MOORHEAD – Area employers told U.S. Sen. Al Franken, D-Minn., during his visit here Monday that they need more workers to fill jobs in the industrial and health care fields.

Employers from companies including Sanford Health, D&M Industries and American Crystal Sugar told Franken at Minnesota State Community and Technical College that they are worried about filling the region’s labor demand.

They also spoke about “upskilling,” or giving current employees more training in their fields at institutions like the technical college in Moorhead.

“What we’re seeing is all these businesses need skilled people to fill jobs,” Franken said. “There’s a skills gap in this country.”

He said community and technical colleges partnering with businesses is one way to close the gap.

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Franken started his visit at MSCTC by touring the school and talking with instructors and administrators.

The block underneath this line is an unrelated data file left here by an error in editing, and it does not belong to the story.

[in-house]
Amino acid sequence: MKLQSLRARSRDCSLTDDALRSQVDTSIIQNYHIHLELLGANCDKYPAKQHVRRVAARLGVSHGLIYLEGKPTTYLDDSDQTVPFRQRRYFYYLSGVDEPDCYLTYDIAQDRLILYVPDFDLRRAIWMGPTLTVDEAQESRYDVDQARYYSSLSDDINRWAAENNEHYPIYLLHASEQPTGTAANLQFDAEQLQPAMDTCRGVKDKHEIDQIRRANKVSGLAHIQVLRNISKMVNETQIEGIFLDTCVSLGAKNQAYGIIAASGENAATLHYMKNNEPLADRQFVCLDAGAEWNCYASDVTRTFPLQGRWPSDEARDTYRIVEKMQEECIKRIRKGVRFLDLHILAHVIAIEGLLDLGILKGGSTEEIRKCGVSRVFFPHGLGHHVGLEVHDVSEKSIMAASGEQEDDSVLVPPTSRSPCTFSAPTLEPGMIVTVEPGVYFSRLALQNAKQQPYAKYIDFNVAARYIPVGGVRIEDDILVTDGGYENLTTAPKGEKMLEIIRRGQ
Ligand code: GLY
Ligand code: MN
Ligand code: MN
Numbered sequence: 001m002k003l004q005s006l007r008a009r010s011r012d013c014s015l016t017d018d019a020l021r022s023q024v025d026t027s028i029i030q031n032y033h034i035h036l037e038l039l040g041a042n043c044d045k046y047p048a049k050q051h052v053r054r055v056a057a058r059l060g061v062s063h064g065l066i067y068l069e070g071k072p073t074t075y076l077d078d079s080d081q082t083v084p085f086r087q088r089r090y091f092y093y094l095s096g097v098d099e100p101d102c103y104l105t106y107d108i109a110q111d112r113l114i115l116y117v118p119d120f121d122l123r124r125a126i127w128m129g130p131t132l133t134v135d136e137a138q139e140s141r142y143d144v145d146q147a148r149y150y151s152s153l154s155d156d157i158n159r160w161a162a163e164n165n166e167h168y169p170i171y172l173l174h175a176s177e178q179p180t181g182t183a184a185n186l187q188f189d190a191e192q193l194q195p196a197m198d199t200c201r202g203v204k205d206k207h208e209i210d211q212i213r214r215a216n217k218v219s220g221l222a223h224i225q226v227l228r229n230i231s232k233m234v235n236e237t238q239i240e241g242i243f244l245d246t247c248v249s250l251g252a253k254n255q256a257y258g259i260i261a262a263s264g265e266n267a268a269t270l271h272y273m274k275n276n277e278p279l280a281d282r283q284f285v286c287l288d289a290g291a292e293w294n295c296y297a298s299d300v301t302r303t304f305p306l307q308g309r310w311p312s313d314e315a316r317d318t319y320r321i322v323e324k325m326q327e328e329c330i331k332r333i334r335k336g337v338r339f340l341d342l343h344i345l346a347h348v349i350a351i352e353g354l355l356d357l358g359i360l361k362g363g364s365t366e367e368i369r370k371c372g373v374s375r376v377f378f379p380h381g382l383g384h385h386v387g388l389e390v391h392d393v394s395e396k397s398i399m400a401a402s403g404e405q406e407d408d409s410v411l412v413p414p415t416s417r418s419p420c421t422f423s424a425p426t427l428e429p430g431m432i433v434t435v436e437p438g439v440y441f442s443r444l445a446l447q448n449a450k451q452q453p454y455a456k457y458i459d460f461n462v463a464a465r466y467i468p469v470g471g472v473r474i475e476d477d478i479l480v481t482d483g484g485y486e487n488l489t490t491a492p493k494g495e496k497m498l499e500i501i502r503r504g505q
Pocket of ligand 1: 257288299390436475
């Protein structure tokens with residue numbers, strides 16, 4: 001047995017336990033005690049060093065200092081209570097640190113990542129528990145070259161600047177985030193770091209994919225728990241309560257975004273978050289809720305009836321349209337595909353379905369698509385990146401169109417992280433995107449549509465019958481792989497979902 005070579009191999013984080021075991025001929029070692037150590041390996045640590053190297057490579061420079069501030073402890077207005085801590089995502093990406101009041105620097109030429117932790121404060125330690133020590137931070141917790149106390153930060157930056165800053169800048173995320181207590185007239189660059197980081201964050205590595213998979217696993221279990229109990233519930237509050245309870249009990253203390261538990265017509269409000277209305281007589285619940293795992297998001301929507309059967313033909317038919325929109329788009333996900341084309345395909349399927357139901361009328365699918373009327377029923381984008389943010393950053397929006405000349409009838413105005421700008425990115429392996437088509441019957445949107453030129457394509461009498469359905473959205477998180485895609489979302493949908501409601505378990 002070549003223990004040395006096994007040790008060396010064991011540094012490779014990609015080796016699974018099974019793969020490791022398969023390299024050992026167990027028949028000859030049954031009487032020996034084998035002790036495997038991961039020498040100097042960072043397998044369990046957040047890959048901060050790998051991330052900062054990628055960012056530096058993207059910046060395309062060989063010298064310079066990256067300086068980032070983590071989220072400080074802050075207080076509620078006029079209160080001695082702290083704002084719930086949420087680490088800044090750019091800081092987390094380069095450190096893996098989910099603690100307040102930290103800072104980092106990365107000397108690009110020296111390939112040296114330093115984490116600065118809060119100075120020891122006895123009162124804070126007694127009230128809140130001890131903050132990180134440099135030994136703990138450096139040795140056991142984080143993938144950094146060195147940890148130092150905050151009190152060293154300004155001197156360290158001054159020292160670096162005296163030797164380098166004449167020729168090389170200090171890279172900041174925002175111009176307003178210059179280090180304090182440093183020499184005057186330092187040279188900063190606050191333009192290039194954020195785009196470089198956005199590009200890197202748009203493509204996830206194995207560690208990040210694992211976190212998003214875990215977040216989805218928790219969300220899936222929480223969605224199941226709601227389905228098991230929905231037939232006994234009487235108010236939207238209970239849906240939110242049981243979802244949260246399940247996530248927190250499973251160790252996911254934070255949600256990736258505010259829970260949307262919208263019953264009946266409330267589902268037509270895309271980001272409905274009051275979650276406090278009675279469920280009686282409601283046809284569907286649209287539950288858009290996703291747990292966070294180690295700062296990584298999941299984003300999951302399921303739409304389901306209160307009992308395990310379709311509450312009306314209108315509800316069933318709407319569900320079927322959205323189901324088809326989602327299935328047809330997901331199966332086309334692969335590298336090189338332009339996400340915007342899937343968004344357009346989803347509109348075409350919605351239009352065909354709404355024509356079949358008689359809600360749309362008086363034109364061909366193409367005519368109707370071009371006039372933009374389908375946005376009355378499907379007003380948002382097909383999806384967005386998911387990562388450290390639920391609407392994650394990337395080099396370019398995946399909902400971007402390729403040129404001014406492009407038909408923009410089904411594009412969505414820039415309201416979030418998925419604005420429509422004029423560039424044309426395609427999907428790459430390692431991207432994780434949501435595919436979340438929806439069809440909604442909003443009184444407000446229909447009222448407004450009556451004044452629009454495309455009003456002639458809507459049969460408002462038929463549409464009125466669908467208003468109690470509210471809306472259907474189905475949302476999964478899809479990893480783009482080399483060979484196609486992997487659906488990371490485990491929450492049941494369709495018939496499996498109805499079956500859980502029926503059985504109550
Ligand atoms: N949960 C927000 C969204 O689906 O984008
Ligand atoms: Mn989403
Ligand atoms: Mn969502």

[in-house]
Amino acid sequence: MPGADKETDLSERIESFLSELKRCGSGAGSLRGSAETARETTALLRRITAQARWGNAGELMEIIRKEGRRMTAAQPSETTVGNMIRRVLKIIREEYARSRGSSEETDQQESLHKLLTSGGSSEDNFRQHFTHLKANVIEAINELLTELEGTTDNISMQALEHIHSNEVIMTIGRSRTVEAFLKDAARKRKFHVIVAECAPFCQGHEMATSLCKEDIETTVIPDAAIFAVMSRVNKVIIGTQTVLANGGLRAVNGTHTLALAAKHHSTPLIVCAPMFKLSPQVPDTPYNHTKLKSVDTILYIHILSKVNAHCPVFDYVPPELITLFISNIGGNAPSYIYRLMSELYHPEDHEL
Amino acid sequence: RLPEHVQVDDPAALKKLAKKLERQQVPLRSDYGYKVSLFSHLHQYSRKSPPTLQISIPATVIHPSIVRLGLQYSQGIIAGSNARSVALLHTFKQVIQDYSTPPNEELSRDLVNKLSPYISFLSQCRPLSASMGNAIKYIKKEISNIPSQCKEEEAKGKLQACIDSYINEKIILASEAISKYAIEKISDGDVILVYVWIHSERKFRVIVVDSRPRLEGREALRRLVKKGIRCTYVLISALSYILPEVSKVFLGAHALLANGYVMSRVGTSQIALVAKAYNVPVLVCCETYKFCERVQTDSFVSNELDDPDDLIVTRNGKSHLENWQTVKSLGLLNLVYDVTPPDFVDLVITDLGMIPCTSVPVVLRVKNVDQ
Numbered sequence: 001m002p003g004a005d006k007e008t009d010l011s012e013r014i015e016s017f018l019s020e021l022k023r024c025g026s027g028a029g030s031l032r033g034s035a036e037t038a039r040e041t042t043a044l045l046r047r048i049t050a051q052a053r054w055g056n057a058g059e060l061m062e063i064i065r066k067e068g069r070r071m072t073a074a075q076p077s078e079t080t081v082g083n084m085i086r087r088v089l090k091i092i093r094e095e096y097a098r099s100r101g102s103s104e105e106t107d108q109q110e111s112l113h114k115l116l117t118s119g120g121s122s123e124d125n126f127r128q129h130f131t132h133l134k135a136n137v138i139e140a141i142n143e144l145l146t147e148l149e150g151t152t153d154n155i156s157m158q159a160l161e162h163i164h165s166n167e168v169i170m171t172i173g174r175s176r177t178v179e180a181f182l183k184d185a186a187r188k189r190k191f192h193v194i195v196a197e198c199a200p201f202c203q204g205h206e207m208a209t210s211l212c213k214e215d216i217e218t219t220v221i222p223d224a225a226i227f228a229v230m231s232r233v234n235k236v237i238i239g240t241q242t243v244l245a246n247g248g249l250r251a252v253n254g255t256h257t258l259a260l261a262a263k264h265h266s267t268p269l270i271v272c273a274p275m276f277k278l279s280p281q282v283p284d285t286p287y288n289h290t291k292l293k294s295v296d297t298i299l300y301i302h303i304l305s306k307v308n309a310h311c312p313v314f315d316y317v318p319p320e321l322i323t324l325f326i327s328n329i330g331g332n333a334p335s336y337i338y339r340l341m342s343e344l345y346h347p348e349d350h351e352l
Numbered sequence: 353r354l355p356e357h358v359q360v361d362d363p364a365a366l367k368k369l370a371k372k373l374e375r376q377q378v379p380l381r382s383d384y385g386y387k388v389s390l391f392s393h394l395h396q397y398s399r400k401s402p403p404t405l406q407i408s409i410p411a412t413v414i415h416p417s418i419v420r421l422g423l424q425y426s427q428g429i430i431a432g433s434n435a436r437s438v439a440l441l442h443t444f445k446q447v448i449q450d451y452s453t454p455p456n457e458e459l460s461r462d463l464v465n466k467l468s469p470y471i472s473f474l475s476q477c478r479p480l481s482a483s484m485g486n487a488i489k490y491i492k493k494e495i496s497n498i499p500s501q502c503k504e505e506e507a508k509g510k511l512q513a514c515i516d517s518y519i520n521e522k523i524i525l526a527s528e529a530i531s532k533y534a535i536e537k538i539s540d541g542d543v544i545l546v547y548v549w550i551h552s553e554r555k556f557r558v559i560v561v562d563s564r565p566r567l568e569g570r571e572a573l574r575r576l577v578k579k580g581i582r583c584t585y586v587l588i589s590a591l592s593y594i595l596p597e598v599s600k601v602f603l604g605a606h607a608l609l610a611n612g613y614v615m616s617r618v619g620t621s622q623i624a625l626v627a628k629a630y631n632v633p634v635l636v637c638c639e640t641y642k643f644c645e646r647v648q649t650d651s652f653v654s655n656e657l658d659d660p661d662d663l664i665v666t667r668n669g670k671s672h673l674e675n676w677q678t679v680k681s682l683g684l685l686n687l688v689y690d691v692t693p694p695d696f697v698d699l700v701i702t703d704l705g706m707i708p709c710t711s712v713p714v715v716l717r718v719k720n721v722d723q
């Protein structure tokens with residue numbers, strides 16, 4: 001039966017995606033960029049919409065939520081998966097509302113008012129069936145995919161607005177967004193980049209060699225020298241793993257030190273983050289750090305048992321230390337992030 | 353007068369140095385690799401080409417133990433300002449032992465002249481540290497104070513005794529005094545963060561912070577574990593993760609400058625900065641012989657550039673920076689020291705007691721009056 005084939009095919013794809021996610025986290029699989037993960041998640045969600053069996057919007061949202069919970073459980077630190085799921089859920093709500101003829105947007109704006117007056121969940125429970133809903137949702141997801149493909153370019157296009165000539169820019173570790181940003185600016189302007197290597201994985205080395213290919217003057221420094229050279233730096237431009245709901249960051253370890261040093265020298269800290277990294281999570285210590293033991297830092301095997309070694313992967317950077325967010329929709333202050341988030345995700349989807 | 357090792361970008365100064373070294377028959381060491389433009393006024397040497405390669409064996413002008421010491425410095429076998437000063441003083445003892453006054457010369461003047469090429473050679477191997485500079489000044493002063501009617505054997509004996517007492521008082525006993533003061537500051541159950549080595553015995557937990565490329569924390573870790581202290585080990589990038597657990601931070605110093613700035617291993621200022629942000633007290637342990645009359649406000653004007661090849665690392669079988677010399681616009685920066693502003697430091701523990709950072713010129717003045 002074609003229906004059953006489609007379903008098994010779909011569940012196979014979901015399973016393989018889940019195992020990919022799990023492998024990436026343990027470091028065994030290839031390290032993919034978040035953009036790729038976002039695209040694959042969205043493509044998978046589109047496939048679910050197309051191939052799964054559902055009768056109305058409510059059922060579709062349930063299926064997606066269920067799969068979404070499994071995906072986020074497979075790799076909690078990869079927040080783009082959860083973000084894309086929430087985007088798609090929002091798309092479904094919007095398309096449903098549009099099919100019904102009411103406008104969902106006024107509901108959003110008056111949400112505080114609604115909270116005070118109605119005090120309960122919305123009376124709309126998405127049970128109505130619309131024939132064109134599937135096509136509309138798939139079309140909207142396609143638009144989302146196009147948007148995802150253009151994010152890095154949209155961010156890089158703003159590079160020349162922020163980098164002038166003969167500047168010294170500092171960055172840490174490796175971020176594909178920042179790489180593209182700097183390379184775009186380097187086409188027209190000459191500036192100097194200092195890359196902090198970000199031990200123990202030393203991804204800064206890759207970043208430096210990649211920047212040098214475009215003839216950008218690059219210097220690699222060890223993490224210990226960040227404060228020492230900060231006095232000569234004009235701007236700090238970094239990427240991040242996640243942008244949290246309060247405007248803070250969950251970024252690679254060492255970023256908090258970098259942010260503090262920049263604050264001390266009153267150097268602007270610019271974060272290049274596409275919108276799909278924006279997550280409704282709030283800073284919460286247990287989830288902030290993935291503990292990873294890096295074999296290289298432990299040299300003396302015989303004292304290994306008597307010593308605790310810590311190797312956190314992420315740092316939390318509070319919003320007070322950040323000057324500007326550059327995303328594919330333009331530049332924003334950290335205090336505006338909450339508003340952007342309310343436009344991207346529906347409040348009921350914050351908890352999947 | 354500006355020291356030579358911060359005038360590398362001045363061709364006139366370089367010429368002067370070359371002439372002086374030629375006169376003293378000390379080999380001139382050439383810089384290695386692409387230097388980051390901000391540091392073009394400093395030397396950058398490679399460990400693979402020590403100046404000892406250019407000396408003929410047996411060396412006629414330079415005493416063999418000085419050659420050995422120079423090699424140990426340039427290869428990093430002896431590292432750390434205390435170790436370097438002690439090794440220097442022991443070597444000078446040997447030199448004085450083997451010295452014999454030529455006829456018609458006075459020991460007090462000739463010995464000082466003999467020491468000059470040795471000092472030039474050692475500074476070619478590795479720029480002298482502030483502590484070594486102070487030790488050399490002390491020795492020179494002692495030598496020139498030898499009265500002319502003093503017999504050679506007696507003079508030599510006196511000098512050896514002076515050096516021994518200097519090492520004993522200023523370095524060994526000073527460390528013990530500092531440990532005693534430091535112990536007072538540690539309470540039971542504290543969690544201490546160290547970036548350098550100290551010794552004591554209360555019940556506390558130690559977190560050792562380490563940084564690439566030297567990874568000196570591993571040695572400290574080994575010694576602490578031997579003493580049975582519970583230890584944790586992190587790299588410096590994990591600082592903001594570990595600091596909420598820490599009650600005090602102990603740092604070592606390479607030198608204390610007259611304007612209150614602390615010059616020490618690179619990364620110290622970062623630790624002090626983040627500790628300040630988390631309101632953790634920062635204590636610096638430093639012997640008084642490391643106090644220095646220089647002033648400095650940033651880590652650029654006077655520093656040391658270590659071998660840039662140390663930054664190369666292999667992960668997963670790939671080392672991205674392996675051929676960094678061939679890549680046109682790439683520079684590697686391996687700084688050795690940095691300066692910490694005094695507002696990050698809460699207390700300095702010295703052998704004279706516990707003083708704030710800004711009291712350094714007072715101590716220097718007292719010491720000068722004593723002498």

Employers said many of their employees are nearing retirement and there’s no influx of younger workers clamoring for jobs.

There is also a problem with a mindset a lot of parents instill in their high school students that doesn’t help alleviate the workforce shortage.

Employers said most parents still want their children to attend a four-year college to earn a bachelor’s degree.

Franken said he wants to get the message across to parents and students that several industries are expanding and there’s a lot of available jobs.

“You don’t necessarily have to go to a four-year college to get a good middle-class job,” Franken said.

He said going to a community college isn’t a ceiling but a pathway to other opportunities.

“The skills gap here in Minnesota does really glisten; I saw it very plain as day today in Moorhead,” Franken said.

Tom Boyle, president of Moorhead-based D&M Industries, said employers are competing with each other for skilled workers.

He said a lot of workers they do find are those who just moved to the area.

The employers Franken spoke to agreed that technical education is a solution to their problem. Expanded job training programs can help close the skills gap and reduce the worker shortage, they said.

Franken ended his visit by announcing that $2.47 million in grant funding will be put toward job training programs in the Minnesota State University System.